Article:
Flymunich From Germany, joined Mar 2004, 171 posts, RR: 0 Posted (11 years 4 months 1 day 15 hours ago) and read 2655 times:
Air Sahara flights to Europe in Sept
NEW DELHI, JAN 4: With the government opening up international skies for private domestic airlines, Air Sahara has drawn up a major expansion plan to offer non-stop flights from several Indian cities to not just Singapore, Bangkok and Kuala Lumpur but to London as well. The flights to the Far East will commence in April-May while the London flight will take a little longer to get off the ground as slots at the airport is an issue, Air Sahara president Rono Joy Dutta said.
“The airline is kind of ready to launch operations to the Far East. The flights to Singapore, Kuala Lumpur and Bangkok, among other destinations in the Asean region will be non-stop. We are looking at offering connections from at least two or three cities within the country,” Mr Dutta told FE. He, however, said for the present, London would be the only destination in Europe to which the airline will operate flights from September onwards.
“We have also stepped on the gas to lease wide-bodied aircraft for launching services to key destinations like London,” Mr Dutta said. At present, Air Sahara’s fleet of 21 aircraft includes new generation Boeing 737-700, 737-800 and 737-400 aircraft. “We plan to expand the fleet to 32 aircraft by July this year and have already signed contracts to acquire five aircraft,” he said.
According to Mr Dutta, the airline will use its new generation B737s for operating services to Asean destinations like Singapore, Bangkok and Kuala Lampur, but flights to long-haul destinations like the UK or the US can be operated only with wide-bodied aircraft like B777, B747 or A340.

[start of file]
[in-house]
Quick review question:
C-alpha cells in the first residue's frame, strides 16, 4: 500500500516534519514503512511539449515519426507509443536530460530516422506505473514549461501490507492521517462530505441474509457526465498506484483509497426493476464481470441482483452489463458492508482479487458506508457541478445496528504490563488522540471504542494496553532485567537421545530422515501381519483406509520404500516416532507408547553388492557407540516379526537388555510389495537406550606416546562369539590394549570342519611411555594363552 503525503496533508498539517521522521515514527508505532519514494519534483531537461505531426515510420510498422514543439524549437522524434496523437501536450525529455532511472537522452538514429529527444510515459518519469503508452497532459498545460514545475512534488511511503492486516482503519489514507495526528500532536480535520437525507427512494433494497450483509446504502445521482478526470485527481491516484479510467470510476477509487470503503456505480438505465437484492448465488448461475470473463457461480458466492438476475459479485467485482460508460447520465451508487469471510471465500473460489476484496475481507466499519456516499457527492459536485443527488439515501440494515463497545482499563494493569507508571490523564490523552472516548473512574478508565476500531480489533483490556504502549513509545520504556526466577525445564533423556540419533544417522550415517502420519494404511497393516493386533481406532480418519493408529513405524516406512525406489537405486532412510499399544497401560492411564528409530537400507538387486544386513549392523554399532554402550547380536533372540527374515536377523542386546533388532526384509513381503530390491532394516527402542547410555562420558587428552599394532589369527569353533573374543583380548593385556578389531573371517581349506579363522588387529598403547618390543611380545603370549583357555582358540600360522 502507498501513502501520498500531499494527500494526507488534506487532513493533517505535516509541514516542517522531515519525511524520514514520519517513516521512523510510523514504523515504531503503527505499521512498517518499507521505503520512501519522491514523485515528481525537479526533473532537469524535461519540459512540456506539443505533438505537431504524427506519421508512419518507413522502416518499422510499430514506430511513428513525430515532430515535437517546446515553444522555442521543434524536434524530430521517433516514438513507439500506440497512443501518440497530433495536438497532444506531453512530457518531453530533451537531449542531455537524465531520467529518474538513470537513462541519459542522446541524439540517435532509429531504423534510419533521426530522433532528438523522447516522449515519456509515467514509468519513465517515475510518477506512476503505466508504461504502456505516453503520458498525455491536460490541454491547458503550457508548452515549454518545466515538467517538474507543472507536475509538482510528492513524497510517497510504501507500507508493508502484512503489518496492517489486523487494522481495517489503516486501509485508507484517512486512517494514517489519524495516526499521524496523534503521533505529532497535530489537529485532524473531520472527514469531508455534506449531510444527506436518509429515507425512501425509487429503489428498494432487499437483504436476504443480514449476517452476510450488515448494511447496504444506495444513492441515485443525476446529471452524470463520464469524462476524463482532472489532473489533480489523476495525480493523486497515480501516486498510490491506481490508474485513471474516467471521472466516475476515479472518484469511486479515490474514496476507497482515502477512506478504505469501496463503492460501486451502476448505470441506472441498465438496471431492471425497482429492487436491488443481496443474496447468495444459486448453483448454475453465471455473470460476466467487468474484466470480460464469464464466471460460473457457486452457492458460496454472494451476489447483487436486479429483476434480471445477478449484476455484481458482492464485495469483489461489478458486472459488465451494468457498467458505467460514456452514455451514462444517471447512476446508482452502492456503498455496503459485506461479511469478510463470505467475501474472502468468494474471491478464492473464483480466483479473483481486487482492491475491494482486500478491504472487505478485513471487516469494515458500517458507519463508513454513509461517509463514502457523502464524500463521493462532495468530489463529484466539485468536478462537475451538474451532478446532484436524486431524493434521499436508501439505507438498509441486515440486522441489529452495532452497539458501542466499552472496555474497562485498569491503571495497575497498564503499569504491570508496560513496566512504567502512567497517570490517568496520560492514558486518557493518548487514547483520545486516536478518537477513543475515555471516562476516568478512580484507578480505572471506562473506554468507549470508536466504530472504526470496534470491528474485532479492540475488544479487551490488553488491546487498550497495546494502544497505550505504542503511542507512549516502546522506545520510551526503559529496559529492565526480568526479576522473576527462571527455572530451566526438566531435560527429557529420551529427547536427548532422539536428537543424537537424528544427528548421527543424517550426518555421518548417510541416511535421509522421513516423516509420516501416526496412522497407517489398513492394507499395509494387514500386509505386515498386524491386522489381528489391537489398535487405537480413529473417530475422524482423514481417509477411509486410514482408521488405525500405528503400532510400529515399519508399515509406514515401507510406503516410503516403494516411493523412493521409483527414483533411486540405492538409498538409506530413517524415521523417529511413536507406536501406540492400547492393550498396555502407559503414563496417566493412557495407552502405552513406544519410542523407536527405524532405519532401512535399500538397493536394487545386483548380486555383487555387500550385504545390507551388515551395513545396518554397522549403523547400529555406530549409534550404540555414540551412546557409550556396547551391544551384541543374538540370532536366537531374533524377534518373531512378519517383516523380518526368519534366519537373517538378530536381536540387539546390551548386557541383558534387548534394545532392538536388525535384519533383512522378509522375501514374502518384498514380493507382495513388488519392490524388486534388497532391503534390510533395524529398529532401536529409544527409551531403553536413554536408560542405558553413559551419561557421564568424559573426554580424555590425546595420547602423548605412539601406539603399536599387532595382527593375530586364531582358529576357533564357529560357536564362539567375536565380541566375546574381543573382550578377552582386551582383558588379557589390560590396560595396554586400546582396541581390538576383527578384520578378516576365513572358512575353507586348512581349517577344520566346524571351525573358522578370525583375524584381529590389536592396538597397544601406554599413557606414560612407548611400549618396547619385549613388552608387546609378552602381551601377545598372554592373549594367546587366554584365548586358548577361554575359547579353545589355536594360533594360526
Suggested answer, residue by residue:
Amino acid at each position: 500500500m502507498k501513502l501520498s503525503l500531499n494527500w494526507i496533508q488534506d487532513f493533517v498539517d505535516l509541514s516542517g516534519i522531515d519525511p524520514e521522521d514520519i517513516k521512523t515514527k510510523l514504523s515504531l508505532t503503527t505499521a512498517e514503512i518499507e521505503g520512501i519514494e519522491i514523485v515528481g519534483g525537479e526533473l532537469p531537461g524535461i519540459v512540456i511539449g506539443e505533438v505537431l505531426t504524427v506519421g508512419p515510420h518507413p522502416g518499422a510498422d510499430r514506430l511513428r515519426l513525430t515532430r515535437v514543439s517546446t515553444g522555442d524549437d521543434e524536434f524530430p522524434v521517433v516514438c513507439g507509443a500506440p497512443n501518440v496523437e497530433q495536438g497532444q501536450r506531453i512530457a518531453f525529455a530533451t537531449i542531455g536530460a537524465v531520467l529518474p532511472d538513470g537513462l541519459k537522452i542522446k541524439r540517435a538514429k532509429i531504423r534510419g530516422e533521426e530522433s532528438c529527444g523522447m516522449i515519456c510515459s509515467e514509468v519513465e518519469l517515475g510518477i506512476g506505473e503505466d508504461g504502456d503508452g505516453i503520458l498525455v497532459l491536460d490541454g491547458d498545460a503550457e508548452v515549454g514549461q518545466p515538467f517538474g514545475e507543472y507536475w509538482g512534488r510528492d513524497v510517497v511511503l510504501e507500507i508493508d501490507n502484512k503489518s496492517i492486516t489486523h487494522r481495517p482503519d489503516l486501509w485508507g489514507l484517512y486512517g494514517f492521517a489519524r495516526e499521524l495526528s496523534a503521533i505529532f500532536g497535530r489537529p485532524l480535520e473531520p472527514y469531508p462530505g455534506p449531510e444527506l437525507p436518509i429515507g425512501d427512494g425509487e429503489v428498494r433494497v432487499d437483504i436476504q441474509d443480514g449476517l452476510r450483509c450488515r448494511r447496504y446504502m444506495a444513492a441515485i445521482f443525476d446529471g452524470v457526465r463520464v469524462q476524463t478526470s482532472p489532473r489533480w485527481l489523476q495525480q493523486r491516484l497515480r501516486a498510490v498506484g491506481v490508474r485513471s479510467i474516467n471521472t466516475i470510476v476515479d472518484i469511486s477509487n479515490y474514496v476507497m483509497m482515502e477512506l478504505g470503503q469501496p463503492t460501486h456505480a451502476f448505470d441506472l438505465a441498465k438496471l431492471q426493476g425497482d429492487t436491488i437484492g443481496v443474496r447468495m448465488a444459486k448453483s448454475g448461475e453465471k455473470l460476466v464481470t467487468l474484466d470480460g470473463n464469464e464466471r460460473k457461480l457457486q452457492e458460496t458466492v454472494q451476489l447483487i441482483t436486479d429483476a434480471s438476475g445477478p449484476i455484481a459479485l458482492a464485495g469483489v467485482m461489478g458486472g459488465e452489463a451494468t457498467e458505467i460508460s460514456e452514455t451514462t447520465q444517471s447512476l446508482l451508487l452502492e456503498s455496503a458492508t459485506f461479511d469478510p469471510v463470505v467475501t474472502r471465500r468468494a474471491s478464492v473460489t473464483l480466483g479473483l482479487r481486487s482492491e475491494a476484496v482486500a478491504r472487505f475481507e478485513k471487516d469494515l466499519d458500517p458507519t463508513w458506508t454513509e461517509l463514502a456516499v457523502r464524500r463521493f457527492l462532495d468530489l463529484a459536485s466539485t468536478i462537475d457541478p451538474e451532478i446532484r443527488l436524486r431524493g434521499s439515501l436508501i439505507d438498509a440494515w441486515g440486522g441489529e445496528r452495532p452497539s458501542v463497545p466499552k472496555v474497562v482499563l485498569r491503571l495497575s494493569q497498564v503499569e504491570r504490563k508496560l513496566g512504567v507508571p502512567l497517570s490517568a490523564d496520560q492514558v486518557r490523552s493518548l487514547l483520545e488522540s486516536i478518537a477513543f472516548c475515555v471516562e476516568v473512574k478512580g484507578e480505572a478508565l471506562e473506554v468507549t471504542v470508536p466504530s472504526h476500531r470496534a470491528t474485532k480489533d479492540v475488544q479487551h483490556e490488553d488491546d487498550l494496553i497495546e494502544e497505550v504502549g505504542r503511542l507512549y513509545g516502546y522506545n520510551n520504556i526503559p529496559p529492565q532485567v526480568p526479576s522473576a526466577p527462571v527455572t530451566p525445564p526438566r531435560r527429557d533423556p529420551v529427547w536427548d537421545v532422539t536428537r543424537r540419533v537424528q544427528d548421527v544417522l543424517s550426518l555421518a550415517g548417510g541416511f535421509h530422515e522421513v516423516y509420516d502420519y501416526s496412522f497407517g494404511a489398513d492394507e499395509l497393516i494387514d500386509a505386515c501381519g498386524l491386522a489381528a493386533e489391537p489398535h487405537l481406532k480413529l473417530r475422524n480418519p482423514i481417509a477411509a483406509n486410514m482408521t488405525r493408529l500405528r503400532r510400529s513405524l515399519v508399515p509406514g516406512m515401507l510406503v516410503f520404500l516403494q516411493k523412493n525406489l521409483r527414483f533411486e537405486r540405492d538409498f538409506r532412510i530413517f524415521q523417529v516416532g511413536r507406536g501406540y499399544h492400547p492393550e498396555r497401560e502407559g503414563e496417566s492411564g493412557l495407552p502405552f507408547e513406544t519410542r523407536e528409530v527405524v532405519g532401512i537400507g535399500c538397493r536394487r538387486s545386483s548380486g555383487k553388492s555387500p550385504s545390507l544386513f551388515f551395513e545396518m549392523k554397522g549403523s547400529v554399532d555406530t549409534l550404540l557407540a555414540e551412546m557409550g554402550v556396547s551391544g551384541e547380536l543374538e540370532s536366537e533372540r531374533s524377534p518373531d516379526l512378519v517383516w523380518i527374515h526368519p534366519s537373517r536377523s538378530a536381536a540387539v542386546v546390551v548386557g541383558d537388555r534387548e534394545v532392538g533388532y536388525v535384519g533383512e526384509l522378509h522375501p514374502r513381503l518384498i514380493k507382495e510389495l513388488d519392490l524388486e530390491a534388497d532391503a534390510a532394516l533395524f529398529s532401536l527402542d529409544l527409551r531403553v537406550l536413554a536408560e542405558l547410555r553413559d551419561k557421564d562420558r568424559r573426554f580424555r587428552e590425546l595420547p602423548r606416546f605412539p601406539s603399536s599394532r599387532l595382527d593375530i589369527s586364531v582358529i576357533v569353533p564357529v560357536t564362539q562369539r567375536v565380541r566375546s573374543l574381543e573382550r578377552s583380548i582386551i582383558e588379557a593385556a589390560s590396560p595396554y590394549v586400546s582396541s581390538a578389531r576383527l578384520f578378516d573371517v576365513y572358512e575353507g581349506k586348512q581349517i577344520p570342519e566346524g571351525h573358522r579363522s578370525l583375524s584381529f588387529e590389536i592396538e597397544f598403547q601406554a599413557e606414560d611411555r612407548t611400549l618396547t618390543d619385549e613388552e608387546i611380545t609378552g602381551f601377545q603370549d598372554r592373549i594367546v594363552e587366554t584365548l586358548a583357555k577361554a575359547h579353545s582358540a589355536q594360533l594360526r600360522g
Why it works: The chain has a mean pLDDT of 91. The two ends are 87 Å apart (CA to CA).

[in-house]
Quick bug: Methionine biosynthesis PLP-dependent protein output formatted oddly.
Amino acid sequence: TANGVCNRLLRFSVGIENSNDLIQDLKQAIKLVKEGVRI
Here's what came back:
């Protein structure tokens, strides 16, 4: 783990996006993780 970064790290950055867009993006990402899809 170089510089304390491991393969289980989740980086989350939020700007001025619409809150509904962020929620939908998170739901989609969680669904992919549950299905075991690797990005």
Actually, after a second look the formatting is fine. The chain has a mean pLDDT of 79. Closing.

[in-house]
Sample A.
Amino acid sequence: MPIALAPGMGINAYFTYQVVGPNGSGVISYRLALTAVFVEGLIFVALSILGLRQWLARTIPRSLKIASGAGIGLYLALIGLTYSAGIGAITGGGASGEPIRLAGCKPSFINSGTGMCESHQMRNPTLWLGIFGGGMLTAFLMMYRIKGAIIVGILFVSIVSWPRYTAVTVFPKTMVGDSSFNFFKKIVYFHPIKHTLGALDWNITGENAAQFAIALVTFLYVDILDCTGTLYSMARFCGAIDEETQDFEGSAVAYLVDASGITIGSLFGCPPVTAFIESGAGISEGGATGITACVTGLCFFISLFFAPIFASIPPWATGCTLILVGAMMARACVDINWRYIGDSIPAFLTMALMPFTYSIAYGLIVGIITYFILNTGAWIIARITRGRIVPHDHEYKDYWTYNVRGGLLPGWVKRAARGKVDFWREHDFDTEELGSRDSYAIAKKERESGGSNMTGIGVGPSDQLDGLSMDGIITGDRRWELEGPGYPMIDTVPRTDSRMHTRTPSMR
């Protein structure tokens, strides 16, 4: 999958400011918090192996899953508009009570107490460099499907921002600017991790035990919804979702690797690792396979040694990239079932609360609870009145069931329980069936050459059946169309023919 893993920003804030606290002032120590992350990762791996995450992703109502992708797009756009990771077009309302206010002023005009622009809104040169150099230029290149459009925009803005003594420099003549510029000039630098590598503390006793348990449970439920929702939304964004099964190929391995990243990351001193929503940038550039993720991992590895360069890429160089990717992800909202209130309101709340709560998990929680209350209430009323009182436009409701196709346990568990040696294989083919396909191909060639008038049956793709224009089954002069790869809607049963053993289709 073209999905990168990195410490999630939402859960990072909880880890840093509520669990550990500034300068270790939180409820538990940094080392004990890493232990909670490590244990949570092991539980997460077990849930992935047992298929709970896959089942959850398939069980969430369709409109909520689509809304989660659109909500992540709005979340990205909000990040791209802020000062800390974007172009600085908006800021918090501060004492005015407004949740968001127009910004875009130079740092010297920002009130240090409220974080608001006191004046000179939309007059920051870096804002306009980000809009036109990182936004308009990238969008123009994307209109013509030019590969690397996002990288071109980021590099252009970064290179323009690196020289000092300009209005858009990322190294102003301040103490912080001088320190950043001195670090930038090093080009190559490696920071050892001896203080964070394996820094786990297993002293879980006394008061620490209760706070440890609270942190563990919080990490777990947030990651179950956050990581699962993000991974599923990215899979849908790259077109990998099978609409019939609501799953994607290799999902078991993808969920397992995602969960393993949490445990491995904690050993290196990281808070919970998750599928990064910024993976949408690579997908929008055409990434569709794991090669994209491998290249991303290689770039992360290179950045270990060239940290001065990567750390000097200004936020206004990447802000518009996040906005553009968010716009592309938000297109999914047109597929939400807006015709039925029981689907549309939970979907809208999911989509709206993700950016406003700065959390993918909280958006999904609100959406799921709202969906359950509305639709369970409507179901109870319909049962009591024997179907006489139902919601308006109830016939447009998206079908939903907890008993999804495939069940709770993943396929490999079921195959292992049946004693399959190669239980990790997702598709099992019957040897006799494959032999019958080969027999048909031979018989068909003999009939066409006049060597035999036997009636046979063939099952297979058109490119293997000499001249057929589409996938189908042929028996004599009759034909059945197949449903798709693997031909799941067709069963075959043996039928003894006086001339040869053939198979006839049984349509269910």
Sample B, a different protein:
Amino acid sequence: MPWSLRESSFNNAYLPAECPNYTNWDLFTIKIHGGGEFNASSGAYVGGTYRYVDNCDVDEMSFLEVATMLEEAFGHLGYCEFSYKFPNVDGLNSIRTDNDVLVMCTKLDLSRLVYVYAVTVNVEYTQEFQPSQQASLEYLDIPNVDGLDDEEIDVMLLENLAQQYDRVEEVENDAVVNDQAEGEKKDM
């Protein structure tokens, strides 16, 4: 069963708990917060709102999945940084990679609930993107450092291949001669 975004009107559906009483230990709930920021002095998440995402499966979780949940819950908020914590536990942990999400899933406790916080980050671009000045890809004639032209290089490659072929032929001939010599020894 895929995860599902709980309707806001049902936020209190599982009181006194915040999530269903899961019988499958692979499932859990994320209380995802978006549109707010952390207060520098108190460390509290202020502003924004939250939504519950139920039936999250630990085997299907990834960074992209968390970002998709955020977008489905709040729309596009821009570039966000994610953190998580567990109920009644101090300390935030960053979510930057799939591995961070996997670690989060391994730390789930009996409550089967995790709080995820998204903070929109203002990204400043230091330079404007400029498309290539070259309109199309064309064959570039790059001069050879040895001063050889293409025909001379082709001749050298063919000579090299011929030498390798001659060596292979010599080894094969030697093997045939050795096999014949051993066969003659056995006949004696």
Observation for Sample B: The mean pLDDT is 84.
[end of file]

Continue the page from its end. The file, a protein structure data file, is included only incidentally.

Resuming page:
Mr Dutta said, during 2004, Air Sahara saw a 50% growth in passenger traffic from two million passengers it flew in 2003 to three million passengers. “We are also creating an international hub at Hyderabad which would connect Hyderabad to Indian cities and international destinations. Air Sahara would operate 126 flights per week from Hub Hyderabad. Domestic cities connected to the hub would be Delhi, Jaipur, Ahmedabad, Mumbai, Pune, Goa, Cochin, Bangalore, Chennai, Bhubaneshwar, Kolkata, Coimbatore and Lucknow. The service will commence on February 3rd,” he said.
“At a later stage, international cities like Kathmandu and Colombo will be connected to the hub. Air Sahara also intends to connect the hub to destinations like Singapore, Kuala Lampur and London, once all necessary governmental approvals are received,” Mr Dutta said.